St. Bernard of Clairvaux as the Patron Saint of Luther and Calvin, Not Thomas

A friend just reminded, once again, of the role that St. Bernard of Clairvaux played in the formation of both Martin Luther’s and John Calvin’s theology, respectively; the latter quoted or alluded to Clairvaux in his Institutes more than any other author. It was this spiritual, even mystical tradition that stood in the background to the foremost of these magisterial Protestant Reformers; it wasn’t Thomas Aquinas and Aristotle. I am bringing this up within the ambit of my last post with reference to the retrieval work being done by people like Matthew Barrett and Craig Carter, for the Baptists. When they retrieve the Great Tradition, they ought to nuance their approach such that the historical theology they are said to be retrieving entails the variety of ideational trails present within the theologizing of history’s various and respective thinkers; this includes lines of tradition that are at odds with the mood, and even material offering of someone like Thomas Aquinas. And yet, for some reason, these folks have fixated on Aquinas, and his Aristotelian heritage.

Here is a sampling of Clairvaux; pay attention to what he is saying about God and knowledge of God. Reflect on whether he sounds like a speculative theologian like Aquinas, or if he sounds more like an Athanasius who is committed to a kataphatic and revelational theology of God’s Word.

Once God was incomprehensible and inaccessible, invisible and entirely unthinkable. But now he wanted to be seen, he wanted to be understood, he wanted to be known. How was this done, you ask? God lay in a manger and lay on the Virgin’s breast. He preached on a mountain, prayed through the night, and hung on a cross. He lay pale in death, was free among the dead, and was master of hell. He rose on the third day, showed the apostles the signs of victory where nails once were, and ascended before their eyes to the inner recesses of heaven. . . . When I think on any of these things, I am thinking of God, and in all these things he is now my God.[1]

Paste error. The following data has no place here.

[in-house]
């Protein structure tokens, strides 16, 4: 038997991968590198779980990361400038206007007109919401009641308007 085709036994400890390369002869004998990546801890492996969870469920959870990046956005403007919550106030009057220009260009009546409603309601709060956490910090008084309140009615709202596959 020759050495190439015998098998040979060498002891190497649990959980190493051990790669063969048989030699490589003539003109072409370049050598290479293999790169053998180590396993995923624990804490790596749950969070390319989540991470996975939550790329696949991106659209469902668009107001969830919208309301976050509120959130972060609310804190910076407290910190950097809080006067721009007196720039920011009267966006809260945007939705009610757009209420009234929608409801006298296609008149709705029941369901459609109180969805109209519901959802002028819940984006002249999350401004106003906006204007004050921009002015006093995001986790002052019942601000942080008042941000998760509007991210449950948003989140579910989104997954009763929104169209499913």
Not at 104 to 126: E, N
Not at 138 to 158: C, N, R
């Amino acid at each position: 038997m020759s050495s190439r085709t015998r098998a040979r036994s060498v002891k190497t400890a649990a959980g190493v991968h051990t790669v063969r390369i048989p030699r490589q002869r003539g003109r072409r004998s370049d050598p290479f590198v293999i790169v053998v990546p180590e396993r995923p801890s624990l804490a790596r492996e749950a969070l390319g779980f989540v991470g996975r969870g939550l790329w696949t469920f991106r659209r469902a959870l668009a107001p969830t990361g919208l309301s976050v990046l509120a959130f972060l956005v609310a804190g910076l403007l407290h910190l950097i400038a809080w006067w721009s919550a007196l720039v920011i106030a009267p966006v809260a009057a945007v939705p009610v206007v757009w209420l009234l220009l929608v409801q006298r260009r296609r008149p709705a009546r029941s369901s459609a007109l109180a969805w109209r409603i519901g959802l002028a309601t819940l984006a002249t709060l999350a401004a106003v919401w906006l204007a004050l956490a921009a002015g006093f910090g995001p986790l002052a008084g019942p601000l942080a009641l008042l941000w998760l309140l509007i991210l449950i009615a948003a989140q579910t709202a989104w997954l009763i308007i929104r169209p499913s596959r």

This is not the theology of Aquinas. Here is Aquinas’ way to God:

. . . the proposition that “God exists” is self evident in itself, for, as we shall see later, its subject and predicate are identical, since God is his own existence. But, because what it is to be God is not evident to us, the proposition is not self-evident to us, and needs to be made evident. This is done by means of things which, though less evident in themselves, are nevertheless more evident to us, by means, namely of God’s effects.[2]

Aquinas is an apophatic theologian who reasons his way to God (see his Prima Pars) discursively through reflection on the ostensibly given vestiges of God in the created order. His is not a committed theology of the Word that is contingent on God’s intensive Self-revelation in the manger, but one that arises from a latent capacity within humanity to think God from a created grace infused into the elect’s accidents of human being. In other words, for Aquinas, to think God does not require the Word of God, per se, it instead is an ecclesiologically based knowledge of God as the Church’s supposition within a hierarchical chain of being, as that finds its primal orientation in its first cause, God, ostensibly supplies the theoretical bases for the Christian, such as Aquinas, to think God in abstraction from God’s Self-revealed Word in Jesus Christ, as that is attested to in Holy Scripture.